Editor’s note: Tadhg Kelly writes a regular column about all things video game for TechCrunch. He is a games industry consultant, freelance designer and the creator of leading design blog What Games Are. You can follow him on Twitter here.
PewDiePie, TotalBiscuit, Vegetta Gaymer, TheDiamondMineCar, VanossGaming. These and many more represent the new frontier of gaming media. They are “YouTubers”, channels on YouTube that record lengthy (known as “Let’s Play”) gameplay videos and use them as footage for episodic, usually comedic, shows.
YouTubing (and similar through services like Twitch) has been gaining momentum for a while, but this year it seems to have broken through into the wider consciousness. Some channels have attained enormous followings and are starting to exert huge influence. Many indie developers report, for example, that YouTubing is far more successful in driving sales than the traditional PR/press machine. Many attribute the initial flocking of users of Flappy Bird to YouTubers. Lots of folks have heard that PewDiePie is monetizing his 28m viewers to the tune of $4m a year.
Often the videos that YouTubers broadcast are less about journaling and more about community. TotalBiscuit plays it relatively straight for instance, providing deadpan lengthy previews, reviews and commentary about games. On the other hand, Sky Does Minecraft is more play-for-laughs in nature, and it’s these latter kinds of channel that attract the largest viewership. Viewers like to really see what’s under the hood of a game, but they also like to laugh along with
The range of channels is also impressive. Many are made just for fun with no expectation of revenue of any kind. Some are more passion-projects devoted to certain aspects of games. For example, journalist Leigh Alexander produces a series called Lo-Fi Let’s Play, wherein she plays obscure emulated Apple II games lost to time. YouTubing is very hip, very community-Internet, but it raises some difficult questions.
The New New Games Journalism…
In an article on Gamasutra earlier this week, Mike Rose asked would YouTubing kill the games press, and while the general consensus seems to be “no”, the sentiment that it has become a key part of the landscape is undeniable.
The games press and the industry it covers have long had a complex relationship. Like all media reporting there’s a persistent tension between serving the audience versus the paymasters, and those waters are often muddy. Access is valuable, thus the need to preserve it. Top games draw major traffic and big publishers pay for advertising on those same sites. Yet readers expect sincerity, and those forces are often at odds.
So YouTubing could be characterized as the citizen journalism of gaming. Many YouTuber videos feel very raw compared to the canned essays that more official organizations create, and this sort of quasi-legitimate voice connects with millions of viewers because it acts and sounds like they do. This makes a variety of game makers pretty unhappy.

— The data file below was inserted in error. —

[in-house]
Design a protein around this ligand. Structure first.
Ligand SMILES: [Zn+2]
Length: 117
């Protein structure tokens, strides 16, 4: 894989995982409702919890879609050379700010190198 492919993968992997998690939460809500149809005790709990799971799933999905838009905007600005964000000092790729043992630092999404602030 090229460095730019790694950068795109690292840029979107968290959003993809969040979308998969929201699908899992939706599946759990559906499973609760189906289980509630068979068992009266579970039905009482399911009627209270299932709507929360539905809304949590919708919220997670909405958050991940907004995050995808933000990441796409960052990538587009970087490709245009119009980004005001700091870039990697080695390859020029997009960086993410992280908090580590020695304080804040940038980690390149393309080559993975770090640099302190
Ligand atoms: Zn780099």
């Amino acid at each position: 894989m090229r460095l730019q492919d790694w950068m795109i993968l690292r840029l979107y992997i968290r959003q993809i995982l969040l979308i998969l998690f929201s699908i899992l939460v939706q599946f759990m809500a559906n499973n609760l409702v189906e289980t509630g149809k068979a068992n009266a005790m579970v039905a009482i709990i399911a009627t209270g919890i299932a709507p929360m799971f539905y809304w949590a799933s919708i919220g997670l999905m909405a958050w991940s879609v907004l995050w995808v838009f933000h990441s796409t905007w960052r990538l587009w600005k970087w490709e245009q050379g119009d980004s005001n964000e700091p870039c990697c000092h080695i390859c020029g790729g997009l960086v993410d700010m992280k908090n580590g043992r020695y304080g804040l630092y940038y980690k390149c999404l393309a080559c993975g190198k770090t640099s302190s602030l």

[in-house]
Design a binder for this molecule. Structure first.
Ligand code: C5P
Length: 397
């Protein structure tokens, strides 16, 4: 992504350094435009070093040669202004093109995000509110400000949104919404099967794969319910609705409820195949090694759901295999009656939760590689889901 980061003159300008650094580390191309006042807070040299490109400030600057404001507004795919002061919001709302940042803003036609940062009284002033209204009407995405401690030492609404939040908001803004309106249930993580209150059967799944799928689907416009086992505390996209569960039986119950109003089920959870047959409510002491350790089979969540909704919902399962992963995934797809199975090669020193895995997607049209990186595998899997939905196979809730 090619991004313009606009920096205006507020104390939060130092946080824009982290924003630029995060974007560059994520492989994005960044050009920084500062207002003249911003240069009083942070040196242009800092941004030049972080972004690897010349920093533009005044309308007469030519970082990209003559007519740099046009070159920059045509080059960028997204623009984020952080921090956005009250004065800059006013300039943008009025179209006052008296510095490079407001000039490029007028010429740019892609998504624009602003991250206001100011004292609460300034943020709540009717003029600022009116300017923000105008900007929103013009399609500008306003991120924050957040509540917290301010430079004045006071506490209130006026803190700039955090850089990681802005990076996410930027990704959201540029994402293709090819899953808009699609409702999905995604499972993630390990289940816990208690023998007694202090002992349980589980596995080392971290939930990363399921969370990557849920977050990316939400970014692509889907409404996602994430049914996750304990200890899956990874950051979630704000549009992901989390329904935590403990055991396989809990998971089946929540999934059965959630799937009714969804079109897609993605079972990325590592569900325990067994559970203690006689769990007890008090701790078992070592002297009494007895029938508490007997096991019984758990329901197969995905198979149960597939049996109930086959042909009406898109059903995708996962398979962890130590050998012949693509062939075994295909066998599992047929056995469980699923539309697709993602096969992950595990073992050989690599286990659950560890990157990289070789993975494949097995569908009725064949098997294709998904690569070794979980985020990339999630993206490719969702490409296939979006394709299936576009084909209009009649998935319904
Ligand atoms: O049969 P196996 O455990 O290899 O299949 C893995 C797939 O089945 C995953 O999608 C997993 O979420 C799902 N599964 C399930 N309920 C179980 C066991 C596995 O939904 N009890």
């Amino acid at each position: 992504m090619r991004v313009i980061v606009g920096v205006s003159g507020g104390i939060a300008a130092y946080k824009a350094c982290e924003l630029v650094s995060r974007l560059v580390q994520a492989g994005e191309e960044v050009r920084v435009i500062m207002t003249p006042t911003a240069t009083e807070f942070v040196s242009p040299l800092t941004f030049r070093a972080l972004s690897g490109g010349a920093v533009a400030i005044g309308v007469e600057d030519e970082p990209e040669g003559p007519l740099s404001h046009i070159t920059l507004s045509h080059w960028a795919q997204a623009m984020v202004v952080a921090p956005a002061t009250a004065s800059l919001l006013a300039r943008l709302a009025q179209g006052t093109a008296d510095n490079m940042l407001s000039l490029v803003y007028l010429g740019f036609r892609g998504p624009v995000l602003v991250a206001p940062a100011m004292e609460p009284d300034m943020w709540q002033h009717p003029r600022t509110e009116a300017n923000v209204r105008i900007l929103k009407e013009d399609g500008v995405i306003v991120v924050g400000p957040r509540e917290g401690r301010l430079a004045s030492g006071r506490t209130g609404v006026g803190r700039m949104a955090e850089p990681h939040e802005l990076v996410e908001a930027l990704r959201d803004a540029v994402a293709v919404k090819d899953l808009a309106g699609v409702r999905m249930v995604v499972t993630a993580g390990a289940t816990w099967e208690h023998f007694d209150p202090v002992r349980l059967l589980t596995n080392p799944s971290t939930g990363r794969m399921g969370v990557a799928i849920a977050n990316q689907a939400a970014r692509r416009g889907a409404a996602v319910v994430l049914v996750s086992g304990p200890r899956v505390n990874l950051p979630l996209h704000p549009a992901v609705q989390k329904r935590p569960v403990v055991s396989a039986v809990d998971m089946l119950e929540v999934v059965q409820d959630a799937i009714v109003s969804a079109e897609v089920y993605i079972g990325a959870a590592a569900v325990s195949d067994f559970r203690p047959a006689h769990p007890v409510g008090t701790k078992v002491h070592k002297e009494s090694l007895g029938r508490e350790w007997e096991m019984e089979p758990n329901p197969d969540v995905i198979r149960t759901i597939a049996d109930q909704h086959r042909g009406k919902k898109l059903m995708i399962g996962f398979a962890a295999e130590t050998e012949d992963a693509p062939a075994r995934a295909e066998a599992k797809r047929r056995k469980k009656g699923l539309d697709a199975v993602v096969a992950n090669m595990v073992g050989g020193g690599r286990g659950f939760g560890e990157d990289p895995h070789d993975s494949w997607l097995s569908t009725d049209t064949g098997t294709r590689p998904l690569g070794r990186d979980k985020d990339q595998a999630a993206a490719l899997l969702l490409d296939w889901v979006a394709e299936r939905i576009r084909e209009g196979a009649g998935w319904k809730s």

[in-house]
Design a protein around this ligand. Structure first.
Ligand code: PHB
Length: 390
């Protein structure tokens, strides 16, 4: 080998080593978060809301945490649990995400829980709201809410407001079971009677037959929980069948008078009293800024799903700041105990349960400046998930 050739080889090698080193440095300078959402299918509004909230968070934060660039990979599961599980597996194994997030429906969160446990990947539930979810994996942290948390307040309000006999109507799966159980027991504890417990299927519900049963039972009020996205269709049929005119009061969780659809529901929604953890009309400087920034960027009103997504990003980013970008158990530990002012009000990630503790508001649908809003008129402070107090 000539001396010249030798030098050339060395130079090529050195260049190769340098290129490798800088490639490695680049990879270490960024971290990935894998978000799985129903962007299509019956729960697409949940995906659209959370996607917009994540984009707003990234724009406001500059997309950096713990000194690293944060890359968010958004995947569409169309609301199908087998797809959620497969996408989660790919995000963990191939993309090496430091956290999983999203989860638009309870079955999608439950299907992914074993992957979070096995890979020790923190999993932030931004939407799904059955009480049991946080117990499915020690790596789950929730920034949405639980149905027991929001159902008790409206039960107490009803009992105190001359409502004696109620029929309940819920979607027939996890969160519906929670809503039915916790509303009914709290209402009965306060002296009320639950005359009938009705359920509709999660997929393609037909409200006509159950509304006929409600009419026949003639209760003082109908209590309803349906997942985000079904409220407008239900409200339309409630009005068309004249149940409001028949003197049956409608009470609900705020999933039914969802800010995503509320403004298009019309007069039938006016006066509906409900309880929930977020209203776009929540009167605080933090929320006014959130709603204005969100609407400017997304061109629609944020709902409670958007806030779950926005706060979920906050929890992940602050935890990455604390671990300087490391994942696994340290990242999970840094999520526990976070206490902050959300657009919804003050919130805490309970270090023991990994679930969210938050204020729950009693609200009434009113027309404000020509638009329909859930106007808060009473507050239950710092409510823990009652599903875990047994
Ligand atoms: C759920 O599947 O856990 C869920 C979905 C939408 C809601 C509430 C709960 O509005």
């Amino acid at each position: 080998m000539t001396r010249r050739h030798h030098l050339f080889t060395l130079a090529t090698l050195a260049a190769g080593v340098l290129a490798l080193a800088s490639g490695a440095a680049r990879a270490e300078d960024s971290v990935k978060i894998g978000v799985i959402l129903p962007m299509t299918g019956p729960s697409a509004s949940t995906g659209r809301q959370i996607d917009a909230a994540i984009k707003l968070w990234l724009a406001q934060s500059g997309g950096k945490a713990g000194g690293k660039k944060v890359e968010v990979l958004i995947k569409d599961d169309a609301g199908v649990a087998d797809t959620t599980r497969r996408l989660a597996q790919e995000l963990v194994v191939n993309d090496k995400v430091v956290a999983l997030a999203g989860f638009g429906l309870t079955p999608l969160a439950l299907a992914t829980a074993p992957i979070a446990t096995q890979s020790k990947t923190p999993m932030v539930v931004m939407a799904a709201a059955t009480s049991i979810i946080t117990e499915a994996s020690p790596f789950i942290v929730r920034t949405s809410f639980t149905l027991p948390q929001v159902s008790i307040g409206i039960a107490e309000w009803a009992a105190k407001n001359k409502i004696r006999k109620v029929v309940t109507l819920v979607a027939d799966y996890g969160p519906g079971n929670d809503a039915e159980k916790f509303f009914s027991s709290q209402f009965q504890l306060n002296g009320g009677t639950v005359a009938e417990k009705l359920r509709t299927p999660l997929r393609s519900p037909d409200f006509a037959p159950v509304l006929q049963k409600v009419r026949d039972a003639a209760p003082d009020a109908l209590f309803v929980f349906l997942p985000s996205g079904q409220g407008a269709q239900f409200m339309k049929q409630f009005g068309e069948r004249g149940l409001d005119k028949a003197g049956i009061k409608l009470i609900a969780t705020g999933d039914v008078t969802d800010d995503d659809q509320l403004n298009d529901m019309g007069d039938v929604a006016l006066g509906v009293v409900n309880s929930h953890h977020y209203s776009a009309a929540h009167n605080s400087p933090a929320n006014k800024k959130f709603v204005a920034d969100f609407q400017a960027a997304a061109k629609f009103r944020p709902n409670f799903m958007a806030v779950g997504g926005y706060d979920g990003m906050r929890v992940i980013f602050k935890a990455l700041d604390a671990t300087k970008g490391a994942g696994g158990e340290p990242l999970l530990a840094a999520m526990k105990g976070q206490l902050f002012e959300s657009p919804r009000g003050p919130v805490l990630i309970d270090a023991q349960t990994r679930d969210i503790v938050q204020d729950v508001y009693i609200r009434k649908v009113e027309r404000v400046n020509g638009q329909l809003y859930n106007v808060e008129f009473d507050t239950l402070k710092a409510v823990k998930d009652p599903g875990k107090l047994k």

The perception of many developers is that YouTubing is not really journalism, but rather pirate radio. In this vein the game is seen as content, and thus the idea that someone out there is re-broadcasting that content for laughs, and making lots of money from doing that, is wrong. Support for this position (or something approaching it) is pretty broad in the industry.
One reason why is the sense that too much honesty is bad for business. For example many developers feel like they shouldn’t release demos for their games. The data tends to indicate that free levels or content cut potential sales in half because once players have seen the first few minutes of the game and scratched that itch, there’s no reason to buy. On the other hand games that feature sexy trailers but no demo sell very well: to scratch the itch the customer buys.
So the relationship that games have had with video has long been about being showy without, if you’ll pardon the pun, giving the game away. From small indies through to major publishers, everyone tacitly understands that stoking the desire of sales is often best done by keeping the audience at one remove from the product, and the more cynically minded tend to think that everything that happens post-purchase is the buyer’s problem. Therefore they fear overexposure.
Whose Game Is It?
Another reason is the perception of content ownership. Well-known indie developer Phil Fish tweeted that he believed YouTubers should be paying him for using his content. Nintendo went several steps further, first with legal injunctions and then the establishment of an affiliate program. Of course this perception is not universal, but it is curious how many game makers (and some fans) have this “broadcast” view of their work. They see it much as Metallica saw Napster et al in the 90s, and especially so the more successful they become. They essentially say “I made the content you’re using to make your show. Pay me.”